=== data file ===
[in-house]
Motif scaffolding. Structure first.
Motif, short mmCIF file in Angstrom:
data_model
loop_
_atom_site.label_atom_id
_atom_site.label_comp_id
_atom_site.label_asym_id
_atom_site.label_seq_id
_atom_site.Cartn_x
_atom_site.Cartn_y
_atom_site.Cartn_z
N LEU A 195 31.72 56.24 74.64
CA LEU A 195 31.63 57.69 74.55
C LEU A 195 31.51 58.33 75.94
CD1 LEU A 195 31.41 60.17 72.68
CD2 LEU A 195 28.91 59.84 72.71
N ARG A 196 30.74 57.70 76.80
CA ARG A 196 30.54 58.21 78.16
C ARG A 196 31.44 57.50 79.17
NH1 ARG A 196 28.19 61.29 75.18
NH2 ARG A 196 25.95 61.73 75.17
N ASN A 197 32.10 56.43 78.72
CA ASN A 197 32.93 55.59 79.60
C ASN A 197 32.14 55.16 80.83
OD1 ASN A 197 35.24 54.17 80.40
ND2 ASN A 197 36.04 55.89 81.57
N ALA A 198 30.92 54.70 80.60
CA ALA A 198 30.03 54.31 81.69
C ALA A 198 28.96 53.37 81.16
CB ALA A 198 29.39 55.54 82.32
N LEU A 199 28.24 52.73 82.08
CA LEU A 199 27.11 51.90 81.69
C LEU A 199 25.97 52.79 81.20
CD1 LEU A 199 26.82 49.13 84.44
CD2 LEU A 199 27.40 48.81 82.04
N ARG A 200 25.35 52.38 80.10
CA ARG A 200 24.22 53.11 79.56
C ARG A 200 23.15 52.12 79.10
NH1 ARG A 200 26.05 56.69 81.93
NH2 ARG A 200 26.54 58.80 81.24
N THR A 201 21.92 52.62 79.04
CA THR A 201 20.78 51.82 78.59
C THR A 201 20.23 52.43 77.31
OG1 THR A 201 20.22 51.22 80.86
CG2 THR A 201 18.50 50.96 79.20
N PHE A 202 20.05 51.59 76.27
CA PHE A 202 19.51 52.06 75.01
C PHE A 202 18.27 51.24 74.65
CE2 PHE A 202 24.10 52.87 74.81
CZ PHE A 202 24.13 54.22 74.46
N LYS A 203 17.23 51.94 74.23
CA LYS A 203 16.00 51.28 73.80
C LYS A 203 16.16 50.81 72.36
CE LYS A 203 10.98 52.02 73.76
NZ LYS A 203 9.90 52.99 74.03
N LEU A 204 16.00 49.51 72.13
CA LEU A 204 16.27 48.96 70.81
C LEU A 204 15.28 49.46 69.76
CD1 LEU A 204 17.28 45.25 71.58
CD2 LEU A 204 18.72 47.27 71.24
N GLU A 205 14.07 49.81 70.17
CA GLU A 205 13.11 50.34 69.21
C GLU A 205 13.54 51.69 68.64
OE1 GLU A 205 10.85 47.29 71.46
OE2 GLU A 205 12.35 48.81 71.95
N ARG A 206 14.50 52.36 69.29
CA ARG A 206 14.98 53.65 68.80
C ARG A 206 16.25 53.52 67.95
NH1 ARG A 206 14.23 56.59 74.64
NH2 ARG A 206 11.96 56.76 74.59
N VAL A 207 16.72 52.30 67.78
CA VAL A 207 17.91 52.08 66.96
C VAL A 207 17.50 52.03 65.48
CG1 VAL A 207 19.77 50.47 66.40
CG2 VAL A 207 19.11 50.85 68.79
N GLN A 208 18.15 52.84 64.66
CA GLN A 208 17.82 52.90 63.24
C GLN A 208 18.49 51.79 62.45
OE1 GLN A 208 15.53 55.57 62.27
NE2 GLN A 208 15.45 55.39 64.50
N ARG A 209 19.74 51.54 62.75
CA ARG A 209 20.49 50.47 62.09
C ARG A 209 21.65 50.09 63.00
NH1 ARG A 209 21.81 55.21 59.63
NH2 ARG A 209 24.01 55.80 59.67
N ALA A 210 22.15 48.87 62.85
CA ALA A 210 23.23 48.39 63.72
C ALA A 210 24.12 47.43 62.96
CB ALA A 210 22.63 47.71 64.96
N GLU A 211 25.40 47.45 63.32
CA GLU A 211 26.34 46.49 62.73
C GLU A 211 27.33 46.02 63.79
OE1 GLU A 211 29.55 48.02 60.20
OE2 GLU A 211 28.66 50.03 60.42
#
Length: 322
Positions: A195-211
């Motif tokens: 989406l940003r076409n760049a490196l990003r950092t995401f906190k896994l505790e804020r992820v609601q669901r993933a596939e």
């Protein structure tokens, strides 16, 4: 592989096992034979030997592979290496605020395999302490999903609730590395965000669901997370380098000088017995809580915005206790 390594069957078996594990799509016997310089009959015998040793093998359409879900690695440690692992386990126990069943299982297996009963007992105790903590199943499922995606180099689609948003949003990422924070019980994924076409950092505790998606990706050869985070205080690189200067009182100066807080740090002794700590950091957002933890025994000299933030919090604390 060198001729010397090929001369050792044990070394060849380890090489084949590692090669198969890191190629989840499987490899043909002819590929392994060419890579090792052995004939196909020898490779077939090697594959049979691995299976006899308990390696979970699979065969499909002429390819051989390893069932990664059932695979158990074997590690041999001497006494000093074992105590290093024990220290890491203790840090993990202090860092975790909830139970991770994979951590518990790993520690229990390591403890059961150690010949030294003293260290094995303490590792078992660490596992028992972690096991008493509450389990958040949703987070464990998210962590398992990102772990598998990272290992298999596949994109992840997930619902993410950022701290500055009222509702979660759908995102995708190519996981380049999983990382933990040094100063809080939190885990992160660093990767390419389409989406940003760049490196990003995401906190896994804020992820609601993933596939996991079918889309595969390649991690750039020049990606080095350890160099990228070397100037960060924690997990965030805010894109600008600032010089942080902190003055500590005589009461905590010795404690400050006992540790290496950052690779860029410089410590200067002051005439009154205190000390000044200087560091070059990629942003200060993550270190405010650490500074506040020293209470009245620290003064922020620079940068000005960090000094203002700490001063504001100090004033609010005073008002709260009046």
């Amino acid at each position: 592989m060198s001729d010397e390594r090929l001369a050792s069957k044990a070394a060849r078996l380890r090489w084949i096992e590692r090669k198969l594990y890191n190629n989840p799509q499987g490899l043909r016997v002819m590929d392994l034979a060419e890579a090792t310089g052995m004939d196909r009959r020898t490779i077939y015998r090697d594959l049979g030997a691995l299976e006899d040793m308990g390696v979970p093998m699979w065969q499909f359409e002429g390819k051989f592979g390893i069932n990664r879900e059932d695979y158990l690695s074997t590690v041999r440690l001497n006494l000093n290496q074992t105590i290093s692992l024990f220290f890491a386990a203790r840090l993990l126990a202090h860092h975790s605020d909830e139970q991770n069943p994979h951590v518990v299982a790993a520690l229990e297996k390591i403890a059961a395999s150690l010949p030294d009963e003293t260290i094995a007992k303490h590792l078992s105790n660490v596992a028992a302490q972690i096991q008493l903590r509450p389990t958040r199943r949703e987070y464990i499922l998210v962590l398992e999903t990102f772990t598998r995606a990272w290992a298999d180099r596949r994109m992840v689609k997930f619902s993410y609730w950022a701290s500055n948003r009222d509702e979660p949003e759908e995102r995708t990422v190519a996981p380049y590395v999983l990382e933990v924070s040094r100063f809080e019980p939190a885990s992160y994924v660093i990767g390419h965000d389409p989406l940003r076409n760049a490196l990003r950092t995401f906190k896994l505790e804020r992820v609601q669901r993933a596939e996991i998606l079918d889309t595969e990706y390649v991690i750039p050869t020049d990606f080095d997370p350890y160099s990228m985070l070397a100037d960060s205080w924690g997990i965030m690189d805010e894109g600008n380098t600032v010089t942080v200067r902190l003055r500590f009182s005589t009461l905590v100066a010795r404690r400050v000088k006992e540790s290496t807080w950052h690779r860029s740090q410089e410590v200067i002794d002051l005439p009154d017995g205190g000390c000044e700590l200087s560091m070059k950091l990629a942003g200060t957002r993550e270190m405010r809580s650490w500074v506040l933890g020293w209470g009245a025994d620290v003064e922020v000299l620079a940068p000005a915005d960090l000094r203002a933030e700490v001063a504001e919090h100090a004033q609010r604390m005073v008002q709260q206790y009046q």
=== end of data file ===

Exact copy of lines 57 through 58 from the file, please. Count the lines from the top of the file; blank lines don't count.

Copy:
N LEU A 204 16.00 49.51 72.13
CA LEU A 204 16.27 48.96 70.81